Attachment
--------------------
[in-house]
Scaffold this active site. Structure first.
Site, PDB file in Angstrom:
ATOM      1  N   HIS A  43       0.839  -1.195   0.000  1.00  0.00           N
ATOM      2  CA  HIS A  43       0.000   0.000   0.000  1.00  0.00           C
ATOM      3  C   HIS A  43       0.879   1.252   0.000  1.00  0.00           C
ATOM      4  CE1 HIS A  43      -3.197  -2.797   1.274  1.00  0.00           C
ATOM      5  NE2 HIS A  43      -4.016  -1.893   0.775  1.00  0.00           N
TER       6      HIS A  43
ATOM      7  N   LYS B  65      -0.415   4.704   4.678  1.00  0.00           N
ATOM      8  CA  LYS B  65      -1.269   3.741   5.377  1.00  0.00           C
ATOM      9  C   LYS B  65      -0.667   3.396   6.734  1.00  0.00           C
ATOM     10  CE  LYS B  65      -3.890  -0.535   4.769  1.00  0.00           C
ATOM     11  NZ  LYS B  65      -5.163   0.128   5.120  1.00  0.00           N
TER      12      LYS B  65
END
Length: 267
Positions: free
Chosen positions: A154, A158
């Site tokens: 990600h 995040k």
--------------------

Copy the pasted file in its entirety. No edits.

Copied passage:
[in-house]
Scaffold this active site. Structure first.
Site, PDB file in Angstrom:
ATOM      1  N   HIS A  43       0.839  -1.195   0.000  1.00  0.00           N
ATOM      2  CA  HIS A  43       0.000   0.000   0.000  1.00  0.00           C
ATOM      3  C   HIS A  43       0.879   1.252   0.000  1.00  0.00           C
ATOM      4  CE1 HIS A  43      -3.197  -2.797   1.274  1.00  0.00           C
ATOM      5  NE2 HIS A  43      -4.016  -1.893   0.775  1.00  0.00           N
TER       6      HIS A  43
ATOM      7  N   LYS B  65      -0.415   4.704   4.678  1.00  0.00           N
ATOM      8  CA  LYS B  65      -1.269   3.741   5.377  1.00  0.00           C
ATOM      9  C   LYS B  65      -0.667   3.396   6.734  1.00  0.00           C
ATOM     10  CE  LYS B  65      -3.890  -0.535   4.769  1.00  0.00           C
ATOM     11  NZ  LYS B  65      -5.163   0.128   5.120  1.00  0.00           N
TER      12      LYS B  65
END
Length: 267
Positions: free
Chosen positions: A154, A158
């Site tokens: 990600h 995040k």